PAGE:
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Arecibo Observatory Gets $5.8 Million Grant To Upgrade Telescope

The Arecibo Observatory in Puerto Rico. Photo: Creative Commons / WikiMedia
The Arecibo Observatory in Puerto Rico. Photo: Creative Commons / WikiMedia

Scientists who run the Arecibo Observatory in Puerto Rico are getting a multi million dollar grant to improve the massive radio telescope.

The $5.8 million grant from the National Science Foundation will pay for the design and installation of a super-sensitive antenna for the 1,000 ft. diameter dish.

Francisco Cordova, site director and engineer at Arecibo, said the grant will help ensure the observatory remains a leader in radio astronomy.

“You know the beauty about each one of these receivers is that they’re unique, right, they’re uniquely built for the observatory" said Cordova.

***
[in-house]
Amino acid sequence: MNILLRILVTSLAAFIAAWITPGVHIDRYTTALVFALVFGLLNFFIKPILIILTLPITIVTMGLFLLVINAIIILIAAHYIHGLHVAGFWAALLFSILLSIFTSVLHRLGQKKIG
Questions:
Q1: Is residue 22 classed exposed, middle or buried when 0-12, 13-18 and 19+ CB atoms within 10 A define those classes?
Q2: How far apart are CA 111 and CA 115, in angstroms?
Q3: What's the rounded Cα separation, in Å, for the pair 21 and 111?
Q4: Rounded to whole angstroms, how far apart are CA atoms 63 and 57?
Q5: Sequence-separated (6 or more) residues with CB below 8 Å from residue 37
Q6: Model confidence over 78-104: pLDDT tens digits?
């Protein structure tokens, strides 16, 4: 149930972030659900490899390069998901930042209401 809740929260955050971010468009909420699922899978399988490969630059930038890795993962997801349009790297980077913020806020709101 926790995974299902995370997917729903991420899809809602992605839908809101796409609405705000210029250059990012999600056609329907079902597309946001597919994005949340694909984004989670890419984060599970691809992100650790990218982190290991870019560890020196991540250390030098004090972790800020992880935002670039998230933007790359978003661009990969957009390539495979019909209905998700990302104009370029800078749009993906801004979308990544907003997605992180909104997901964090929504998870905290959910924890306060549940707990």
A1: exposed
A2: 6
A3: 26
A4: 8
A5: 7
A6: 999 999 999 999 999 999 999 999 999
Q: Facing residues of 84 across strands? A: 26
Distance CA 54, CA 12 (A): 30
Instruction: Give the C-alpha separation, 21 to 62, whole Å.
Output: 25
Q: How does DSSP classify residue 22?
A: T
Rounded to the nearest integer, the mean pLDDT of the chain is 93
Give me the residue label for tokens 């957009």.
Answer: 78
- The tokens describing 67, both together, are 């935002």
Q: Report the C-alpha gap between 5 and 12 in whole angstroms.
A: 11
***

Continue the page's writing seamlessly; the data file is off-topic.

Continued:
He said the the Advanced Cryogenic L-Band Phased Array Camera, or ALPACA, "will be particularly important for us to maintain our leadership in radio astronomy around the world.”

The main function of the receiver is to look for pulsars, fast radio bursts and gravitational waves.

And that’s not all.

“Another part of our capabilities is to also search for any signal that might be different or unknown, while we do the science tasks," said Cordova.

"And that is how we support the search for extra-terrestrial intelligence.”

The antenna is scheduled for installation by 2022.

The team working on this project is led by engineering professors from Brigham Young University with collaboration from Cornell University and the University of Central Florida.

UCF manages the Arecibo Observatory. The telescope was featured in the movie “Contact” and the Bond movie “Goldeneye.”